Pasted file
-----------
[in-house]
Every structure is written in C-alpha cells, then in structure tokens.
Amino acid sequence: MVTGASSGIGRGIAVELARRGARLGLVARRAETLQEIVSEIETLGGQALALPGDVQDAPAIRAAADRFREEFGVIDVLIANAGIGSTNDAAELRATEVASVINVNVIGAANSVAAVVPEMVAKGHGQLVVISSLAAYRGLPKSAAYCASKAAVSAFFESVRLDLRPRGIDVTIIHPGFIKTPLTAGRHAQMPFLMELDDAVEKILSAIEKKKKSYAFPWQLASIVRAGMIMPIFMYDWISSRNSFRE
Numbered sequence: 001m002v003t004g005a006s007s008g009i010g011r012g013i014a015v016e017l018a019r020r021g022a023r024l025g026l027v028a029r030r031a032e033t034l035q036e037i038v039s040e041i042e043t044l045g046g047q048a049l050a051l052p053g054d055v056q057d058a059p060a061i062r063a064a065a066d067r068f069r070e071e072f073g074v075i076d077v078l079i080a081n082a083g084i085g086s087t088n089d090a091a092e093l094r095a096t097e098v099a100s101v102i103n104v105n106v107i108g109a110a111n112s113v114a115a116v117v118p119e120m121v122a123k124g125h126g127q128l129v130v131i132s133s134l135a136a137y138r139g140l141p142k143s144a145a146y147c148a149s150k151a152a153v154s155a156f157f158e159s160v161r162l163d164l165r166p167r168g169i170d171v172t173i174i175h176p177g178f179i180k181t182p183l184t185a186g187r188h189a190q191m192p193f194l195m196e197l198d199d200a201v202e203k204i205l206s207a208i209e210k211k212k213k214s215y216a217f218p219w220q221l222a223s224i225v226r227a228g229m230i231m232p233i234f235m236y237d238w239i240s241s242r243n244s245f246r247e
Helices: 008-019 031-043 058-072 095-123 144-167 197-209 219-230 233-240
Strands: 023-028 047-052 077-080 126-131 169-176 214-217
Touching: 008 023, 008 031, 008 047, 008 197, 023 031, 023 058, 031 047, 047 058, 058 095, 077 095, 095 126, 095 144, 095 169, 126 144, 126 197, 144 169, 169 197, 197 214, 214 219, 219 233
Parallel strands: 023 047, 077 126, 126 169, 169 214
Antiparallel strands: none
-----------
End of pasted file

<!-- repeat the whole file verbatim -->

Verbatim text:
[in-house]
Every structure is written in C-alpha cells, then in structure tokens.
Amino acid sequence: MVTGASSGIGRGIAVELARRGARLGLVARRAETLQEIVSEIETLGGQALALPGDVQDAPAIRAAADRFREEFGVIDVLIANAGIGSTNDAAELRATEVASVINVNVIGAANSVAAVVPEMVAKGHGQLVVISSLAAYRGLPKSAAYCASKAAVSAFFESVRLDLRPRGIDVTIIHPGFIKTPLTAGRHAQMPFLMELDDAVEKILSAIEKKKKSYAFPWQLASIVRAGMIMPIFMYDWISSRNSFRE
Numbered sequence: 001m002v003t004g005a006s007s008g009i010g011r012g013i014a015v016e017l018a019r020r021g022a023r024l025g026l027v028a029r030r031a032e033t034l035q036e037i038v039s040e041i042e043t044l045g046g047q048a049l050a051l052p053g054d055v056q057d058a059p060a061i062r063a064a065a066d067r068f069r070e071e072f073g074v075i076d077v078l079i080a081n082a083g084i085g086s087t088n089d090a091a092e093l094r095a096t097e098v099a100s101v102i103n104v105n106v107i108g109a110a111n112s113v114a115a116v117v118p119e120m121v122a123k124g125h126g127q128l129v130v131i132s133s134l135a136a137y138r139g140l141p142k143s144a145a146y147c148a149s150k151a152a153v154s155a156f157f158e159s160v161r162l163d164l165r166p167r168g169i170d171v172t173i174i175h176p177g178f179i180k181t182p183l184t185a186g187r188h189a190q191m192p193f194l195m196e197l198d199d200a201v202e203k204i205l206s207a208i209e210k211k212k213k214s215y216a217f218p219w220q221l222a223s224i225v226r227a228g229m230i231m232p233i234f235m236y237d238w239i240s241s242r243n244s245f246r247e
Helices: 008-019 031-043 058-072 095-123 144-167 197-209 219-230 233-240
Strands: 023-028 047-052 077-080 126-131 169-176 214-217
Touching: 008 023, 008 031, 008 047, 008 197, 023 031, 023 058, 031 047, 047 058, 058 095, 077 095, 095 126, 095 144, 095 169, 126 144, 126 197, 144 169, 169 197, 197 214, 214 219, 219 233
Parallel strands: 023 047, 077 126, 126 169, 169 214
Antiparallel strands: none